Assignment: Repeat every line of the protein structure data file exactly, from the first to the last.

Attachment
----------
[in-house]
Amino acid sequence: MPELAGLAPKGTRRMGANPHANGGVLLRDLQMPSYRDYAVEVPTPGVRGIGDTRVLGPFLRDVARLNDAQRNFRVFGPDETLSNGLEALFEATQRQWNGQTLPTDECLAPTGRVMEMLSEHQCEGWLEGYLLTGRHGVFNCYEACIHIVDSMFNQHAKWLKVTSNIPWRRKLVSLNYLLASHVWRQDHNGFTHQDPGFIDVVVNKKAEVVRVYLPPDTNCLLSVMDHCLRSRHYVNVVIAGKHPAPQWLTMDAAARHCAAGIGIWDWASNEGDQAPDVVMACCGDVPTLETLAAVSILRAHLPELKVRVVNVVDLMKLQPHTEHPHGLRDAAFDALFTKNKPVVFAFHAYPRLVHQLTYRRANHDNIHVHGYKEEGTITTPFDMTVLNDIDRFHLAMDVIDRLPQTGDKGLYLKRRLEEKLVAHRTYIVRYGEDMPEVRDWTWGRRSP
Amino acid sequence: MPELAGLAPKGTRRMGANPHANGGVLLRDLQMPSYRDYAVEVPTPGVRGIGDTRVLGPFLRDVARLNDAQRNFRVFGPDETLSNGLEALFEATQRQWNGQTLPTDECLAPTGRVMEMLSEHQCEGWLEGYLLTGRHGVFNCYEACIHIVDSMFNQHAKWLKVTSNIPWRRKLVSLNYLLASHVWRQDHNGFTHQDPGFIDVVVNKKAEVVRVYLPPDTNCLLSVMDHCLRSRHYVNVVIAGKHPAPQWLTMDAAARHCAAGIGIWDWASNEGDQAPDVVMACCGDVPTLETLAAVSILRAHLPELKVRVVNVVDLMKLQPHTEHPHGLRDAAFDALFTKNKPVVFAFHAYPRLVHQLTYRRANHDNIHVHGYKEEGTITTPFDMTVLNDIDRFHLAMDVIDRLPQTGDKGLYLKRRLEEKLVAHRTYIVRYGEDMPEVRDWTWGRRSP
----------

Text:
[in-house]
Amino acid sequence: MPELAGLAPKGTRRMGANPHANGGVLLRDLQMPSYRDYAVEVPTPGVRGIGDTRVLGPFLRDVARLNDAQRNFRVFGPDETLSNGLEALFEATQRQWNGQTLPTDECLAPTGRVMEMLSEHQCEGWLEGYLLTGRHGVFNCYEACIHIVDSMFNQHAKWLKVTSNIPWRRKLVSLNYLLASHVWRQDHNGFTHQDPGFIDVVVNKKAEVVRVYLPPDTNCLLSVMDHCLRSRHYVNVVIAGKHPAPQWLTMDAAARHCAAGIGIWDWASNEGDQAPDVVMACCGDVPTLETLAAVSILRAHLPELKVRVVNVVDLMKLQPHTEHPHGLRDAAFDALFTKNKPVVFAFHAYPRLVHQLTYRRANHDNIHVHGYKEEGTITTPFDMTVLNDIDRFHLAMDVIDRLPQTGDKGLYLKRRLEEKLVAHRTYIVRYGEDMPEVRDWTWGRRSP
Amino acid sequence: MPELAGLAPKGTRRMGANPHANGGVLLRDLQMPSYRDYAVEVPTPGVRGIGDTRVLGPFLRDVARLNDAQRNFRVFGPDETLSNGLEALFEATQRQWNGQTLPTDECLAPTGRVMEMLSEHQCEGWLEGYLLTGRHGVFNCYEACIHIVDSMFNQHAKWLKVTSNIPWRRKLVSLNYLLASHVWRQDHNGFTHQDPGFIDVVVNKKAEVVRVYLPPDTNCLLSVMDHCLRSRHYVNVVIAGKHPAPQWLTMDAAARHCAAGIGIWDWASNEGDQAPDVVMACCGDVPTLETLAAVSILRAHLPELKVRVVNVVDLMKLQPHTEHPHGLRDAAFDALFTKNKPVVFAFHAYPRLVHQLTYRRANHDNIHVHGYKEEGTITTPFDMTVLNDIDRFHLAMDVIDRLPQTGDKGLYLKRRLEEKLVAHRTYIVRYGEDMPEVRDWTWGRRSP